Gatineau police say they contacted a woman on Thursday afternoon who told La Presse that her complaint against comedian Philippe Bond for sexual assault was not taken seriously by a police officer in 2007 .
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“We encourage the victim to come and meet with us and we contacted her. We will follow up with her to see where she is and if she wants to file a complaint. If this is the case, we will obviously produce an event report and it will be transferred to our investigators specializing in sexual assault, ”said a spokesperson for the Gatineau police, Renée-Anne St-Amant.
The complainant in question told La Presse that Philippe Bond had forced her to perform oral sex in the toilets of the Casino du Lac-Leamy hotel. Two weeks later, she decided to file a complaint with the police, but that the police officers met were mainly concerned about the impact on the career of the comedian. She left.
Another woman cited in this investigation said she suffered similar treatment when she wanted to denounce Philippe Bond in a Montreal police station.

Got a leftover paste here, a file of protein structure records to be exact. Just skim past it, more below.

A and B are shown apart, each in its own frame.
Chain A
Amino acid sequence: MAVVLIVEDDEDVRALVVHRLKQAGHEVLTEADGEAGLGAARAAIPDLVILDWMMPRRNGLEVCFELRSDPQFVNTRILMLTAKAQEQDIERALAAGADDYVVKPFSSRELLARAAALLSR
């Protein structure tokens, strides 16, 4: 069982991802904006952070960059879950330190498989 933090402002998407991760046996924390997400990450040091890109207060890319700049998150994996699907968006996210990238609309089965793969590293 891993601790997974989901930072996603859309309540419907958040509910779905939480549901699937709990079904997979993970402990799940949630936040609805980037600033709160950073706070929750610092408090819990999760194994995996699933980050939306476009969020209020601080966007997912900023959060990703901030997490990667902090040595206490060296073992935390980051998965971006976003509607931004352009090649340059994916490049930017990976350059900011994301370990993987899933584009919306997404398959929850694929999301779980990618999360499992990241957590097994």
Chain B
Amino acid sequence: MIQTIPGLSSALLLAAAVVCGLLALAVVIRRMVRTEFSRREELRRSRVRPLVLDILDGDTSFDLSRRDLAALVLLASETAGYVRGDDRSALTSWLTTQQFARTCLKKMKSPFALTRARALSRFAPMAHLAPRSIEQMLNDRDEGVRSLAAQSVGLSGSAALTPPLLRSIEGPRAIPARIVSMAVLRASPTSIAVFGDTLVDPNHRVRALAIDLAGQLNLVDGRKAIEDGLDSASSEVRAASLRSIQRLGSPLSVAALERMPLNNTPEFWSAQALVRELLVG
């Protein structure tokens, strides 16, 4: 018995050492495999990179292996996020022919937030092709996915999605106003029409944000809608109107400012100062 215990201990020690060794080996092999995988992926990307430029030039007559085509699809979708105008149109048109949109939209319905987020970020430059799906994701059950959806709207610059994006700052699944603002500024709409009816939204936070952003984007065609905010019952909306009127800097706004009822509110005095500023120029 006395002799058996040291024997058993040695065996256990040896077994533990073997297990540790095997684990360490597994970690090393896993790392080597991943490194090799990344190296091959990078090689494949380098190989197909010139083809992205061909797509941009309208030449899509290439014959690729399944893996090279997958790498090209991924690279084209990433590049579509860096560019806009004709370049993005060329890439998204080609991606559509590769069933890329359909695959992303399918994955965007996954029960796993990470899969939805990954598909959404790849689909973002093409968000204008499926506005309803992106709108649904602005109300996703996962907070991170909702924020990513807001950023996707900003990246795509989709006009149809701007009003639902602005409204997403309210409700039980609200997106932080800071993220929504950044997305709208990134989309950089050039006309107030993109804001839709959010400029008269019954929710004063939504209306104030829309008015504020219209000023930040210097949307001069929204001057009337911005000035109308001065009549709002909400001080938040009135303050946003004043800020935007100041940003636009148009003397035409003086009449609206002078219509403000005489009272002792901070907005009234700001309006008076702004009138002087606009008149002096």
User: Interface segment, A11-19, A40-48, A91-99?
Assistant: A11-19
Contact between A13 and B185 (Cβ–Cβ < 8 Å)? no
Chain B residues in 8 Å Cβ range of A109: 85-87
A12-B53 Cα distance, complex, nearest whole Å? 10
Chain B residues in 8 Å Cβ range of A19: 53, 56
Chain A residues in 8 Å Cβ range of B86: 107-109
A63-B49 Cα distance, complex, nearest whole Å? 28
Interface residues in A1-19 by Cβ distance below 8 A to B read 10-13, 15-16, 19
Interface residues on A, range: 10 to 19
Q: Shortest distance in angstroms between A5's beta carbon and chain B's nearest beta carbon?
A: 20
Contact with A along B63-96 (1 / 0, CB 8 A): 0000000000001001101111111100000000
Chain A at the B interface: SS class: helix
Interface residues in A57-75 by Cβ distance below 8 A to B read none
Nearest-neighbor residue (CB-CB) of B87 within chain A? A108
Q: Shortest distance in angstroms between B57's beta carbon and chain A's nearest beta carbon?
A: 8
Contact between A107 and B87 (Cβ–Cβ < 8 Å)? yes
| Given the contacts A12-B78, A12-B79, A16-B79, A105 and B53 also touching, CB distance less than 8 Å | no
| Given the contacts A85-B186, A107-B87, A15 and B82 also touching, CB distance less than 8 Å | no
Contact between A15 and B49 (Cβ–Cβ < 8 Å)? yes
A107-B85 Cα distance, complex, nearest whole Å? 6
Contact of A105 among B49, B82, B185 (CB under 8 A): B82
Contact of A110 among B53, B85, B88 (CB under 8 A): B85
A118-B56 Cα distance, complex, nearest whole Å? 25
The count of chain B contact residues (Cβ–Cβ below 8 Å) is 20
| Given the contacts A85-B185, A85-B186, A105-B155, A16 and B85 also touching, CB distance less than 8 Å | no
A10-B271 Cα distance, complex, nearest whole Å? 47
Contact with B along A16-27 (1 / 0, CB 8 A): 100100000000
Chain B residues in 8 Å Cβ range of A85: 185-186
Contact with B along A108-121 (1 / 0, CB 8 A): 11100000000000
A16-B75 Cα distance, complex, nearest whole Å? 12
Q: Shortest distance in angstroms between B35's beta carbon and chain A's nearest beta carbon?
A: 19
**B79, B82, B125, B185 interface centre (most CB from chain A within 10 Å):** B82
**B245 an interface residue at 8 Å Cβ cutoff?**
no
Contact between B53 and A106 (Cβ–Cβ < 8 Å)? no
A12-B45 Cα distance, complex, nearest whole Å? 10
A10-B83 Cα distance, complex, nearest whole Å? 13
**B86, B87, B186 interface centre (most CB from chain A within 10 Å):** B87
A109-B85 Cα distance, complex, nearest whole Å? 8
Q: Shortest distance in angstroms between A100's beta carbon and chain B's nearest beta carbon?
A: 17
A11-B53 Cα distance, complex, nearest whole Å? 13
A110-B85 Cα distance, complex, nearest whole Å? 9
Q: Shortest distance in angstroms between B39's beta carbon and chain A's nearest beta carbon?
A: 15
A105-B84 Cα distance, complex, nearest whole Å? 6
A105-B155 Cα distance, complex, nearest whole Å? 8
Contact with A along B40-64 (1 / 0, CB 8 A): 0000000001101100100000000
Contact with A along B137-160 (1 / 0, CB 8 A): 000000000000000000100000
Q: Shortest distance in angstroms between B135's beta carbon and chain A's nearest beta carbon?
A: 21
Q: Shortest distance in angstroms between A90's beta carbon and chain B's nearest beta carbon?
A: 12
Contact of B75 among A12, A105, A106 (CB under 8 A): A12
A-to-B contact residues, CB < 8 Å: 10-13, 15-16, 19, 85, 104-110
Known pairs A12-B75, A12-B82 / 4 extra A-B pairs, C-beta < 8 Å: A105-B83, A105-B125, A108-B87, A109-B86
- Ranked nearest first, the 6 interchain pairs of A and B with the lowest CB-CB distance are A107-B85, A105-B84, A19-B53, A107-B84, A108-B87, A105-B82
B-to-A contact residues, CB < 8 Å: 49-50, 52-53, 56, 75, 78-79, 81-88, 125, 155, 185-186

The policeman's duty
Former head of the investigation into child prostitution at the Quebec police and now a professor of police techniques, Roger Ferland recalls that the police officer on the front line has the duty to transmit the file to specialized investigators.
“We tell the patrol that when someone talks to him about sexual assault, you take a step back and call the investigators so as not to burn the file.”
Former detective sergeant Lorraine Leblanc, who worked for fifteen years in the sex crimes investigation division of the SPVM, agrees. "It's not up to the police (front line) to judge whether it's a sexual assault or not," she says.
The social status of the person targeted by the allegations must in no way influence the work of the police officer, adds Roger Ferland. "I hope no one does this anymore in 2022 and I hope that's not what happened."
However, the Philippe Bond case once again highlights the difficulty for a victim of sexual crimes to denounce their attacker.
It sometimes takes weeks, months and even years to convince yourself to go and meet a police officer, reports the executive director of the Center for Sexual Assault Victims of Montreal, Deborah Trent.
“You have to put yourself in the head of a victim, who has to go to a counter in a police office and have to speak to a stranger to tell him an intimate story for which he is probably judging himself. It takes mad courage.”